Specific Quickbooks Question

Discussion in 'Business Operations' started by ksland, Dec 4, 2004.

  1. ksland

    ksland LawnSite Senior Member
    Posts: 927

    More an accounting question I guess...here goes... When starting a business, taking owners cash to buy vehicles and equipment, how do I set up an account to justify this money. For example.... owner takes $5000 of his personal money to buy a Truck. The truck will be a fixed asset which will be depreciated over 4 years. I know how to set up the fixed asset account for the truck with sub accounts for the depreciation. I just need to know where I pull the money from under an account in Quickbooks. Also is it possible to return the money later when the business supports it, under say an owner's draw. Please help! :cry:
  2. o-so-n-so

    o-so-n-so LawnSite Bronze Member
    from Alabama
    Posts: 1,218

    Thats a good question that I can't answer.

    I think you could work around the problem though.

    What if? You take your money of $5000.00 and put it in 5 $1000.00 short term CD's making 4% interest. Then barrow the $5000.00 against the CD's at 5% (or 1% over CD's) for the purchase of the equipment.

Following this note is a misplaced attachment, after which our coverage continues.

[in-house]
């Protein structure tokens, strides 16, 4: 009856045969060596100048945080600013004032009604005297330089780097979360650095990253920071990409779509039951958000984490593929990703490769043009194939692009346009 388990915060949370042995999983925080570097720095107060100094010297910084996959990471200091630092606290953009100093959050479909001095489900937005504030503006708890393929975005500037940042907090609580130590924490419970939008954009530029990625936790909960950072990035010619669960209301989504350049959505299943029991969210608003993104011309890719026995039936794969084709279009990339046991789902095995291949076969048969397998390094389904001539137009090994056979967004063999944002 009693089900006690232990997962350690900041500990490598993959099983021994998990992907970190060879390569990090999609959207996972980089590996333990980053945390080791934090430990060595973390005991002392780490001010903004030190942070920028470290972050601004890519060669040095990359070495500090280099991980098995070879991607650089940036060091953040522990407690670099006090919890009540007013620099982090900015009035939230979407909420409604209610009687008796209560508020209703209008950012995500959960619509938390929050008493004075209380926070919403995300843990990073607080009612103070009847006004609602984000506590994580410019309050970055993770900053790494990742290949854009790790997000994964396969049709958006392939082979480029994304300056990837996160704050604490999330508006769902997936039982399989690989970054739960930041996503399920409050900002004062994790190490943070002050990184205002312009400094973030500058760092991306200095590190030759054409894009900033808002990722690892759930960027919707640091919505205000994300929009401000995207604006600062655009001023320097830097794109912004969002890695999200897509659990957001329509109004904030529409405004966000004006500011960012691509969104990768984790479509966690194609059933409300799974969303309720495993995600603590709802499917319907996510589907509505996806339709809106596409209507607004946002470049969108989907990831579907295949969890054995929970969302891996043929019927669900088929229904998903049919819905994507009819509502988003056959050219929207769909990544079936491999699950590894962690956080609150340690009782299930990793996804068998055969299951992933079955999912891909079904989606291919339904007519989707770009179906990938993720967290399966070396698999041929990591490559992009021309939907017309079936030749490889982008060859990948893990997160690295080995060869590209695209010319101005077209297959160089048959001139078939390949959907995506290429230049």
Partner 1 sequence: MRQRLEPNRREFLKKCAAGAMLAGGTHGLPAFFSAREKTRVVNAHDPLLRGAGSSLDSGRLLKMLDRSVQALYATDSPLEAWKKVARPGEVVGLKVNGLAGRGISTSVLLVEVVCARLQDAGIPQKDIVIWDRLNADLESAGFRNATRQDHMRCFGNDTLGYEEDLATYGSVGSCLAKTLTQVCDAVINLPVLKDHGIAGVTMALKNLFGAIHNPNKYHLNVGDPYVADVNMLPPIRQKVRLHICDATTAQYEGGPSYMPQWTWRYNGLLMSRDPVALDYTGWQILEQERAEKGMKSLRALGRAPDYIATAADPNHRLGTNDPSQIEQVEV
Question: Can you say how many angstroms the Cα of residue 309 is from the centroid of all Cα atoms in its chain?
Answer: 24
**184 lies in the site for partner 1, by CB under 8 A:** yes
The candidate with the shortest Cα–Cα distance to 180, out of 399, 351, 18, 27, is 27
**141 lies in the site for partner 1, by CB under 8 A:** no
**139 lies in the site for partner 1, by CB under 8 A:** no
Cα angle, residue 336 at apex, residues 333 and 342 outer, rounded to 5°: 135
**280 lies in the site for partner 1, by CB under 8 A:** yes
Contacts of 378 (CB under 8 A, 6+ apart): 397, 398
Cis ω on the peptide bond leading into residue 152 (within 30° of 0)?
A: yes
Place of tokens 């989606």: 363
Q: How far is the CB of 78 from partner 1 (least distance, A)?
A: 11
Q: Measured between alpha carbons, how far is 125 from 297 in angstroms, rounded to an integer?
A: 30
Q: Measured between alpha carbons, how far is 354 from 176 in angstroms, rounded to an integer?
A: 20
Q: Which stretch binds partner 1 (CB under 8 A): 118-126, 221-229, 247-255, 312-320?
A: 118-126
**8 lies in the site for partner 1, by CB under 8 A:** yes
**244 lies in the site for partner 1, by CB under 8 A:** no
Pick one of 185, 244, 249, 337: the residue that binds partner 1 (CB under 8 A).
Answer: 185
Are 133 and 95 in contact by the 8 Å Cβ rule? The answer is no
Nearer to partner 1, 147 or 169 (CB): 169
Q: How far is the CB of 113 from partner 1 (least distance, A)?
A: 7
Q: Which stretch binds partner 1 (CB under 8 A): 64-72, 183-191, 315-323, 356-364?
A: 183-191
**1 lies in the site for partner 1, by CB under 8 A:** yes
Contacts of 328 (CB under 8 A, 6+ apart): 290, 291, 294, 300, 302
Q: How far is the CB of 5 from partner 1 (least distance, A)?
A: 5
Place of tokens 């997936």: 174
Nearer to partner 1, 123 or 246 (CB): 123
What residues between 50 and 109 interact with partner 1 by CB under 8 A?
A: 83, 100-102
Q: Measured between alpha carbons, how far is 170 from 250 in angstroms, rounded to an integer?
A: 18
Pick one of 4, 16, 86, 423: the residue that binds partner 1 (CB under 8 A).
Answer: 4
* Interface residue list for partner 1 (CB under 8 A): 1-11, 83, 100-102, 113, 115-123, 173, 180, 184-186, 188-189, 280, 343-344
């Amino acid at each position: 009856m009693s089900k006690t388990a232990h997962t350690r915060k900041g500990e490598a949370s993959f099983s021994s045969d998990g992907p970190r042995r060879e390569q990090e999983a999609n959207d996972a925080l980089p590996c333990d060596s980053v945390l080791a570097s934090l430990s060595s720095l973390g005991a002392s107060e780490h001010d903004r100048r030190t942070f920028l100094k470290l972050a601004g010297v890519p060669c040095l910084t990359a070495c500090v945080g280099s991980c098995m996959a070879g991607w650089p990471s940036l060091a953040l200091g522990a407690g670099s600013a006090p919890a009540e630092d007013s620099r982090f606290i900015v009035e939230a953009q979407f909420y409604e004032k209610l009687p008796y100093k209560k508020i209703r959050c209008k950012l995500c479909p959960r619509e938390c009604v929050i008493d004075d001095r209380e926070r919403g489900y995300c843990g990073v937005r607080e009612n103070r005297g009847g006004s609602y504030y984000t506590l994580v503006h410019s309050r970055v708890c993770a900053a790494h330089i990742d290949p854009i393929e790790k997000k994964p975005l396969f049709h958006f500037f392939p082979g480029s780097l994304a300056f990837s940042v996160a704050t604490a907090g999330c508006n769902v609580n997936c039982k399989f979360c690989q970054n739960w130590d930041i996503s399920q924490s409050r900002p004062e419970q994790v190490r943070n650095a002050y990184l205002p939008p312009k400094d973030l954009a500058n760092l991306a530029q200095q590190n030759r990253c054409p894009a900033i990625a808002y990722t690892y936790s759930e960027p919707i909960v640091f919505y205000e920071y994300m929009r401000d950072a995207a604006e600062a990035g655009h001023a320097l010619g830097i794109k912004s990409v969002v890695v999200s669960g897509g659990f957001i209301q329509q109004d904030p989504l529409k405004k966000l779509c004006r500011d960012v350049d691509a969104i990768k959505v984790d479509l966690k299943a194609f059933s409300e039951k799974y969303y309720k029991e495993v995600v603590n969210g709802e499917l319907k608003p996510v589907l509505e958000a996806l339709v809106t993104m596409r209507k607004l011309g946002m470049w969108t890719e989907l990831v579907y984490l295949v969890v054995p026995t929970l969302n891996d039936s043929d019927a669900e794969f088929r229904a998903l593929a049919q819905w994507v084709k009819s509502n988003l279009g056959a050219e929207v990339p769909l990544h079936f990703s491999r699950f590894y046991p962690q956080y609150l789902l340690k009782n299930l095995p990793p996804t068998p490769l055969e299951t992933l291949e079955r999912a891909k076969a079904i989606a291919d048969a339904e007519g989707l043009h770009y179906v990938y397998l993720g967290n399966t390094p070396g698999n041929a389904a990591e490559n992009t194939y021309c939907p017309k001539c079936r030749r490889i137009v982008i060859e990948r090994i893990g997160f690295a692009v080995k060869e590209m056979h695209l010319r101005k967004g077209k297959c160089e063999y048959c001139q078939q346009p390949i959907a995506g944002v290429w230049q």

You still have your 5K, you have the equipment paying 1% money and you show it as a equipment purchase in QB.

    Don't know your situation though........................ :confused:
  3. fastpitcher

    fastpitcher LawnSite Member
    from PA
    Posts: 91

    look in the chart of accounts. there should be one for owner capital with two sub accounts. one for owner draws and one for owner investment.
  4. dishboy

    dishboy LawnSite Platinum Member
    from zone 6
    Posts: 4,234

    Since it's only on paper anyway, or computer file you just make a deposit to Petty cash and and then pay for it out of that account. As far as how not to list that deposit as income I am not sure??

    On a side note I would look at IRS rules, I think you can deduct the whole truck the first year under section 179 [at the 5000 dollars anyway]or there used to be a allowance for start up cost of a new business that allowed you greater deductions but only in your first year. You might want to spread out the deduction if your income is low the first year though.
  5. MacLawnCo

    MacLawnCo LawnSite Bronze Member
    Posts: 1,847

    the other option aside from fastpitcher's response would be an account called contributed capital.
  6. kootoomootoo

    kootoomootoo LawnSite Platinum Member
    Posts: 4,369

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